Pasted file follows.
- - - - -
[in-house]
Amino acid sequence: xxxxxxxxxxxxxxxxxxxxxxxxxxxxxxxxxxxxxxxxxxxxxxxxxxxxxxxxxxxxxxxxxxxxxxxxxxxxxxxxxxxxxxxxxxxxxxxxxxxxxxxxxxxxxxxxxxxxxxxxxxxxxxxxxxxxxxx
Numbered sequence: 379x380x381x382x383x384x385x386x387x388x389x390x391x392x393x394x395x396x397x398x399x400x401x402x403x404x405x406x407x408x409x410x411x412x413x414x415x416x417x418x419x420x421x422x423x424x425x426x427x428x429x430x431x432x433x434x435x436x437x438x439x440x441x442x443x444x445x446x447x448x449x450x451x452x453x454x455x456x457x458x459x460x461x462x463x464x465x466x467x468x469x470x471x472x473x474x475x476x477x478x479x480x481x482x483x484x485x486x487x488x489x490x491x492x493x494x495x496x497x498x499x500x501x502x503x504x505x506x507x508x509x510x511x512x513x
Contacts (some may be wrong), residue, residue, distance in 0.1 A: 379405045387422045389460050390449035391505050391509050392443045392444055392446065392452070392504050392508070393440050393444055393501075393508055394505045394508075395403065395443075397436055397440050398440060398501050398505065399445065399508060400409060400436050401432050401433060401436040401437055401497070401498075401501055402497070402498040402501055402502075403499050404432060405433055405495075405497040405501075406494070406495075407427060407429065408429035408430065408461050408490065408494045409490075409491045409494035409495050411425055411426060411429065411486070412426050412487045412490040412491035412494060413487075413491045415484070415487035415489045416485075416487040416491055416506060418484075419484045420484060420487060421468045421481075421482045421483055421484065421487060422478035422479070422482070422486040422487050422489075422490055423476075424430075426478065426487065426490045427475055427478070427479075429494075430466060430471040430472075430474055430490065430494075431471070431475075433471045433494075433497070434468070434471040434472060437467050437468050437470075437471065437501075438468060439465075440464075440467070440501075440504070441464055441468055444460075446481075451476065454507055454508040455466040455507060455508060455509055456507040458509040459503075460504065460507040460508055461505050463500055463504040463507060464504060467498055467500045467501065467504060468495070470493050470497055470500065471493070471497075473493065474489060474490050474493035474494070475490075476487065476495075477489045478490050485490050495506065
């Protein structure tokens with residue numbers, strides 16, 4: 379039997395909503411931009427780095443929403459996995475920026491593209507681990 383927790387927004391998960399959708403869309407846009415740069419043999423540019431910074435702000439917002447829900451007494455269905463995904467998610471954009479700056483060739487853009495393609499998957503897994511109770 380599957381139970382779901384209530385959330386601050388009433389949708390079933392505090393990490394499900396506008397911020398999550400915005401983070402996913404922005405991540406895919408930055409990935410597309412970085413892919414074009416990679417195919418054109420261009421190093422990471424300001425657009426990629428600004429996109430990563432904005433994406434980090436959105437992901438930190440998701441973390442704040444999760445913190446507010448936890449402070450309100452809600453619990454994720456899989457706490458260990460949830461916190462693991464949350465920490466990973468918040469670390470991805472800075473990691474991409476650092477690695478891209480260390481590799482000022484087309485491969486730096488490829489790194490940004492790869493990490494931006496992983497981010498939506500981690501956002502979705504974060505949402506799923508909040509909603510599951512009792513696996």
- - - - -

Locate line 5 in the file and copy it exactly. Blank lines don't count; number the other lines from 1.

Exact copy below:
């Protein structure tokens with residue numbers, strides 16, 4: 379039997395909503411931009427780095443929403459996995475920026491593209507681990 383927790387927004391998960399959708403869309407846009415740069419043999423540019431910074435702000439917002447829900451007494455269905463995904467998610471954009479700056483060739487853009495393609499998957503897994511109770 380599957381139970382779901384209530385959330386601050388009433389949708390079933392505090393990490394499900396506008397911020398999550400915005401983070402996913404922005405991540406895919408930055409990935410597309412970085413892919414074009416990679417195919418054109420261009421190093422990471424300001425657009426990629428600004429996109430990563432904005433994406434980090436959105437992901438930190440998701441973390442704040444999760445913190446507010448936890449402070450309100452809600453619990454994720456899989457706490458260990460949830461916190462693991464949350465920490466990973468918040469670390470991805472800075473990691474991409476650092477690695478891209480260390481590799482000022484087309485491969486730096488490829489790194490940004492790869493990490494931006496992983497981010498939506500981690501956002502979705504974060505949402506799923508909040509909603510599951512009792513696996």